The reality is that thousands of refugees had done the same boat crossing. They had paid people smugglers, gotten into leaky vessels, and clung to each other as their boat struggled against waves, storms, and overcrowding. Hundreds of people had also lost their lives. Thousands of news articles have been written about the crisis. It was little Aylan Kurdi, whose picture covered our social media pages, that was credited as the boy who “changed everything.” Mothers remarked how his little body reminded them of their children tucked up safely in their cots. Others mentioned how it pulled their heartstrings because they finally had a face to all the suffering that was splashed across the news. Whatever it made people feel, Aylan Kurdi was more than a body; he was a story that jerked at the very core of human nature.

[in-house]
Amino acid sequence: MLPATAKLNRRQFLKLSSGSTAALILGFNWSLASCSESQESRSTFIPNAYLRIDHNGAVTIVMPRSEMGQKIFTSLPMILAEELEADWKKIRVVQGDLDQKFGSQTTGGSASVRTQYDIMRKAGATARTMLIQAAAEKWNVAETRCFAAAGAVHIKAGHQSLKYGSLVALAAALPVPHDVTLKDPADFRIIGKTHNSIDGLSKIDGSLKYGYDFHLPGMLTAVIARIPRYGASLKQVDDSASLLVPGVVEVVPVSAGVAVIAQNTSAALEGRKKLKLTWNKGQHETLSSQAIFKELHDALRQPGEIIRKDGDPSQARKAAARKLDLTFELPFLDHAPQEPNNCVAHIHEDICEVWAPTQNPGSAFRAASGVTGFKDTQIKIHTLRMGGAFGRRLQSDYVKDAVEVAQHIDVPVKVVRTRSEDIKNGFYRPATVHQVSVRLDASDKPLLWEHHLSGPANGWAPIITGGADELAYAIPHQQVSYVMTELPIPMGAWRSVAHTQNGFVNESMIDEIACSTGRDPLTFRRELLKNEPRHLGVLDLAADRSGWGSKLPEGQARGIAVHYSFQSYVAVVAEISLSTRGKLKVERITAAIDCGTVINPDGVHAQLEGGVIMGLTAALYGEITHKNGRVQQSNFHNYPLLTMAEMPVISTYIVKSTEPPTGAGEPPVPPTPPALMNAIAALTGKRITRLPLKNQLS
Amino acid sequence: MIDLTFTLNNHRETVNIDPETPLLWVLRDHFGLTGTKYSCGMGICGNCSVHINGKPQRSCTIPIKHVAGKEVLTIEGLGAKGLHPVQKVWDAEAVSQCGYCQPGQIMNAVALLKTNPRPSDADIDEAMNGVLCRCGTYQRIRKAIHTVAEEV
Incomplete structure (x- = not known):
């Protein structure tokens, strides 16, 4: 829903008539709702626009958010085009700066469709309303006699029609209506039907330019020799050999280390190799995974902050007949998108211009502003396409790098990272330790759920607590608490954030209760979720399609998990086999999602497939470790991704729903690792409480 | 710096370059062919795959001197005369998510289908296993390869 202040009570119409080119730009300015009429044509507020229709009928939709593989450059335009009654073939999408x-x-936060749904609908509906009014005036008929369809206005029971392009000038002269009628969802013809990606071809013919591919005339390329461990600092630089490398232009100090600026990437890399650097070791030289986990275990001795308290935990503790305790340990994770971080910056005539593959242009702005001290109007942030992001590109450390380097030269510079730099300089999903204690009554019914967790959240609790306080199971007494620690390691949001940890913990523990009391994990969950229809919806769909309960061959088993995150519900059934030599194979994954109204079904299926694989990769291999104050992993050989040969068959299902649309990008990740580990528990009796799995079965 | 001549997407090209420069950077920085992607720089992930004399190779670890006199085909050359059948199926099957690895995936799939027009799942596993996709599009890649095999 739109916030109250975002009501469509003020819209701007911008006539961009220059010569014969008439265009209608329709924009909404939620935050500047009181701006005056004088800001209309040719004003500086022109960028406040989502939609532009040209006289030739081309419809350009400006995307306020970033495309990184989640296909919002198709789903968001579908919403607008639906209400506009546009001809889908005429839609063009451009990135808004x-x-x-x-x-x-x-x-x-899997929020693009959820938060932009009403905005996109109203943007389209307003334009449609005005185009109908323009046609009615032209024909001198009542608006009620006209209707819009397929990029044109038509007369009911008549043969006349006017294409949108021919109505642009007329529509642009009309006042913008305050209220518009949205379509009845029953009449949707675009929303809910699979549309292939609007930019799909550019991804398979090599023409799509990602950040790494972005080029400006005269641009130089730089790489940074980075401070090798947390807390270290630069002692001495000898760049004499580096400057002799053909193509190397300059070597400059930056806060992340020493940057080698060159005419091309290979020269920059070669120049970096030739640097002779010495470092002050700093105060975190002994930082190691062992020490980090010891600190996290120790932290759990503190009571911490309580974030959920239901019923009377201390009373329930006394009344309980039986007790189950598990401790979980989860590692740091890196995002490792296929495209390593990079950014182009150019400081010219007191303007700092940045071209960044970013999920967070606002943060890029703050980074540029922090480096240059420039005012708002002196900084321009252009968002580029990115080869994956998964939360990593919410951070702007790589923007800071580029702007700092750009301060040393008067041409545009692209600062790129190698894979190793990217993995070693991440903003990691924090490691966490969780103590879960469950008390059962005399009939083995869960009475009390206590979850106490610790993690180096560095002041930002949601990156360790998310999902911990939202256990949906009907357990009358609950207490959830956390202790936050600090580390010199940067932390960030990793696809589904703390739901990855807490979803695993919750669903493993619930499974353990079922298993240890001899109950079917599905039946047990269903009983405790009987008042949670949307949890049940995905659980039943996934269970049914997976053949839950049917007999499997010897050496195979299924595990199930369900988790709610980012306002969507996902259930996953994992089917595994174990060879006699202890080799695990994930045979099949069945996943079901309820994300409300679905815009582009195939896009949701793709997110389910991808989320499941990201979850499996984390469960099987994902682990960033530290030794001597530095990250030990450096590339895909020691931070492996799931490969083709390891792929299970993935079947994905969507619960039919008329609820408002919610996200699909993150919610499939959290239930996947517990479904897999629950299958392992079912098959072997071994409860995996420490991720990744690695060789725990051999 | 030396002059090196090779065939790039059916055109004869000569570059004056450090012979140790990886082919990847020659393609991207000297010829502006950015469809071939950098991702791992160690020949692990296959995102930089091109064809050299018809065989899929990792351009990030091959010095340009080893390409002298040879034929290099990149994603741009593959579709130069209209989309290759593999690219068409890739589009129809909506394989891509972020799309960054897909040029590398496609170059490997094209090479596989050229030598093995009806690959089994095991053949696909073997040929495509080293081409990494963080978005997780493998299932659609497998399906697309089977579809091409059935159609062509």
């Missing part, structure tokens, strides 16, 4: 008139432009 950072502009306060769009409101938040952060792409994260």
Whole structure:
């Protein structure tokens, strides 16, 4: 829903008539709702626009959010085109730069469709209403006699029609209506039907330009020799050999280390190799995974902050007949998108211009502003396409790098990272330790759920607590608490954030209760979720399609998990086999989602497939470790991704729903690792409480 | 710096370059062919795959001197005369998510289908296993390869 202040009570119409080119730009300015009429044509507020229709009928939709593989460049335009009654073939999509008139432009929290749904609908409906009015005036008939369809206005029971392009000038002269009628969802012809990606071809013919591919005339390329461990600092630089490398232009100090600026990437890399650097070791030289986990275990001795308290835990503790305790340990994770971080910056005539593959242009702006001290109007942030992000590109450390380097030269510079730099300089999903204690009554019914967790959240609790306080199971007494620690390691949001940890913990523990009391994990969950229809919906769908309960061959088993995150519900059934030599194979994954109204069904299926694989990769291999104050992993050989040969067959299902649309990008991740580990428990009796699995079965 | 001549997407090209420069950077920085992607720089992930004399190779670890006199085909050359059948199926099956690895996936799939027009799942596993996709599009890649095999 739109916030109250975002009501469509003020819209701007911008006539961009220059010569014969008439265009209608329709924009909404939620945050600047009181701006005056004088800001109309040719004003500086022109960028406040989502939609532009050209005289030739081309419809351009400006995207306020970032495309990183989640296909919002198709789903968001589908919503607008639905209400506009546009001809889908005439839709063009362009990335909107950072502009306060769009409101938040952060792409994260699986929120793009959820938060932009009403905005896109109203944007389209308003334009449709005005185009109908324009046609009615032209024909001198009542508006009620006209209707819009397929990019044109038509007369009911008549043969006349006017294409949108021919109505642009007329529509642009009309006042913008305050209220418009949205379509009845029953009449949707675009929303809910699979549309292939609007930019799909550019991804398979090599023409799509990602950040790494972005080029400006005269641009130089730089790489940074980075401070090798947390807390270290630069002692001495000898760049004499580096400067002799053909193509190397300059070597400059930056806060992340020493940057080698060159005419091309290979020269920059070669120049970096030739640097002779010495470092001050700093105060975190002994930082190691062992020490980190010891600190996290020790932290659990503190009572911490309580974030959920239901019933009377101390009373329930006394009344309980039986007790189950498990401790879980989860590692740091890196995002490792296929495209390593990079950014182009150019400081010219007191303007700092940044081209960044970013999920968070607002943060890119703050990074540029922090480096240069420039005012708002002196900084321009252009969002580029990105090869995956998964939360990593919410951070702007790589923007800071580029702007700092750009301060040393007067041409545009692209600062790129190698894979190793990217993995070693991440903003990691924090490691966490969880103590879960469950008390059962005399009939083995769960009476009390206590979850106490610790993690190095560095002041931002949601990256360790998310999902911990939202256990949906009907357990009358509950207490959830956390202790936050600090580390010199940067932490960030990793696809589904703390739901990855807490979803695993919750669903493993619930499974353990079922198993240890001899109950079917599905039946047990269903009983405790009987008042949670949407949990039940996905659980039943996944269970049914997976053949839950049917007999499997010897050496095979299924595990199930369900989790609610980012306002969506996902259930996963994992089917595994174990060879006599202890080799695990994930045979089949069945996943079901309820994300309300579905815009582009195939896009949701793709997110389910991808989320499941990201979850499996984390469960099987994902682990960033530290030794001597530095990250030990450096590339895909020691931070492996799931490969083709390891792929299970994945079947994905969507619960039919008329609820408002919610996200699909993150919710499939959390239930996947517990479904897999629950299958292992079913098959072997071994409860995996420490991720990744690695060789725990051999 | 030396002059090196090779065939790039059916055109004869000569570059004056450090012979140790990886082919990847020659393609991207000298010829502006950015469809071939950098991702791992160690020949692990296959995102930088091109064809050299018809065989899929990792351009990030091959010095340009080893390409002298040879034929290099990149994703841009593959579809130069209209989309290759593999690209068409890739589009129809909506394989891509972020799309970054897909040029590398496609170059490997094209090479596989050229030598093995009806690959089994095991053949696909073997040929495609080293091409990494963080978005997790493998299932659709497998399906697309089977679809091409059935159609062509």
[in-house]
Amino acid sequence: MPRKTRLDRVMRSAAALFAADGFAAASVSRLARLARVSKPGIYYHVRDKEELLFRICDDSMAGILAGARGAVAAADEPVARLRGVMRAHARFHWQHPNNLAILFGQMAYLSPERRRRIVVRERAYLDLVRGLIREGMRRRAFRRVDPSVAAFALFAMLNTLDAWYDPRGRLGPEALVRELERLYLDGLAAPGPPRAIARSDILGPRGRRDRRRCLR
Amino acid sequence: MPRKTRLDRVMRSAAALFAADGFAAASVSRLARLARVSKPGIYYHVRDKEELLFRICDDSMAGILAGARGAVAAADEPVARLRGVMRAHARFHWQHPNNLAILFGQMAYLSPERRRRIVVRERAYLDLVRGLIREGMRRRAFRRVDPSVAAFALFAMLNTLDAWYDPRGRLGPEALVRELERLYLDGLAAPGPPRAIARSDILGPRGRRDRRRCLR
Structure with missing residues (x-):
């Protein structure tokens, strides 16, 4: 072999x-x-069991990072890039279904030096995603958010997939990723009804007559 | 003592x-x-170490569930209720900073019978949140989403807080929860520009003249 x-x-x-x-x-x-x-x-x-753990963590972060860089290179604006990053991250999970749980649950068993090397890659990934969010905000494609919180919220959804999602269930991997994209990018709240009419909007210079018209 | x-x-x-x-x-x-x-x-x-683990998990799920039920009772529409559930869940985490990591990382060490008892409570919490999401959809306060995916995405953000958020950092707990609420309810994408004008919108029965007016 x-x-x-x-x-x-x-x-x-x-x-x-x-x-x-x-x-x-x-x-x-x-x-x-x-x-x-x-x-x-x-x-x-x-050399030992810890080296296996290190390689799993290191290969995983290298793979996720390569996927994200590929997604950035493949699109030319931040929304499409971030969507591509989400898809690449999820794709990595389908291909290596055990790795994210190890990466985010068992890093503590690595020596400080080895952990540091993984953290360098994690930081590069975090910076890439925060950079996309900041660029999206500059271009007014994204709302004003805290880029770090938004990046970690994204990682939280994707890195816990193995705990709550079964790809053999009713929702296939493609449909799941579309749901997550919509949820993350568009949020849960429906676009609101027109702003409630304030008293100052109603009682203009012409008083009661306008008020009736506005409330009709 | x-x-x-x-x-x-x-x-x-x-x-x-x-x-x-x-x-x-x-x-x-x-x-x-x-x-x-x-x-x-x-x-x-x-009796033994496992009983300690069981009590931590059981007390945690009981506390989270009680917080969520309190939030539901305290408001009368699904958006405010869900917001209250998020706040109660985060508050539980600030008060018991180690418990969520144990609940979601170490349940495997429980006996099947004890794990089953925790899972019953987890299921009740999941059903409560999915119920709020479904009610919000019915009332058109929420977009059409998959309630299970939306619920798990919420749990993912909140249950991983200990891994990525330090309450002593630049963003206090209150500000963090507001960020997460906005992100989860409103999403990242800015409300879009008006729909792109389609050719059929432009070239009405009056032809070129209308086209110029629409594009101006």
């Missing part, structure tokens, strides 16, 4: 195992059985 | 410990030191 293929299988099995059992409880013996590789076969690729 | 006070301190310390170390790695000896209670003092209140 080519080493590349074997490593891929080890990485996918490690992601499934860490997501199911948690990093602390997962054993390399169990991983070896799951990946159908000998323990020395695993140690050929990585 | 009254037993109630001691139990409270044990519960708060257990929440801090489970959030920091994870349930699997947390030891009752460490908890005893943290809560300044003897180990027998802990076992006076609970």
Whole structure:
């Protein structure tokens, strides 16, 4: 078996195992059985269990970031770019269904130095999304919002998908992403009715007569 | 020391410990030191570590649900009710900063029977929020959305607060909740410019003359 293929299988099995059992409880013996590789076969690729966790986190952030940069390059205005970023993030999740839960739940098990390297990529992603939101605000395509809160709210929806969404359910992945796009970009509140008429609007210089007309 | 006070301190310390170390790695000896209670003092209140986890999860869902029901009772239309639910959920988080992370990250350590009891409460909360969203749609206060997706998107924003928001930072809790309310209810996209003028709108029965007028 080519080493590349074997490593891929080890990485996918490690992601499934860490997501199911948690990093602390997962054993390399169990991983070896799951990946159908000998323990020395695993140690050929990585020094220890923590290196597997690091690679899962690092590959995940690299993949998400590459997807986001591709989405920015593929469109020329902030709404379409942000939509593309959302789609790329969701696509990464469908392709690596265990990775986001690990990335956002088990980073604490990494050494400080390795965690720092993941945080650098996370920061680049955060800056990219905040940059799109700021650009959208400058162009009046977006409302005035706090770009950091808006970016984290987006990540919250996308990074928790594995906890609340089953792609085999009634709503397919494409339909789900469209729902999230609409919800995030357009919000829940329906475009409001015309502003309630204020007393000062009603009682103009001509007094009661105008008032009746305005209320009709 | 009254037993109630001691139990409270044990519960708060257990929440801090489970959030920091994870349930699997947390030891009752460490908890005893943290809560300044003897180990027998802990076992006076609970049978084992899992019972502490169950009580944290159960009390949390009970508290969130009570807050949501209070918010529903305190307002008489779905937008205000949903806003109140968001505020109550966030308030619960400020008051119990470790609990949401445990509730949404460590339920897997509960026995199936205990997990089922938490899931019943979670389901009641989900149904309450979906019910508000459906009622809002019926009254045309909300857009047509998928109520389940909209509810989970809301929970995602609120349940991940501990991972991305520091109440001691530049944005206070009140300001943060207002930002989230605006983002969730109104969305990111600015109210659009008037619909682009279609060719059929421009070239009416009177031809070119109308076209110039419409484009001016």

Like all good stories, people love a happy ending. Good dethroning evil using the tools of democracy and free speech. In countries where free speech in the media isn’t an option, new media has seemingly stepped up to the task. Armed with VPN’s and pseudonyms, the bloggers of the Arab Spring uprising across the middle east, have since been credited (either rightly, or wrongly so) as being at the frontline of the protests, demonstrations, and spread of information. The social platforms were not only being used to organize and live stream the protests, but bloggers across the area harnessed these new sources of media to spread the deeper story- data showed that social media use in Arab countries doubled during the uprisings. By breaking through the regime’s handle on traditional media sources, bloggers were able to spread the story, make it personal, and in doing so, put fuel on the fire that leads to social change.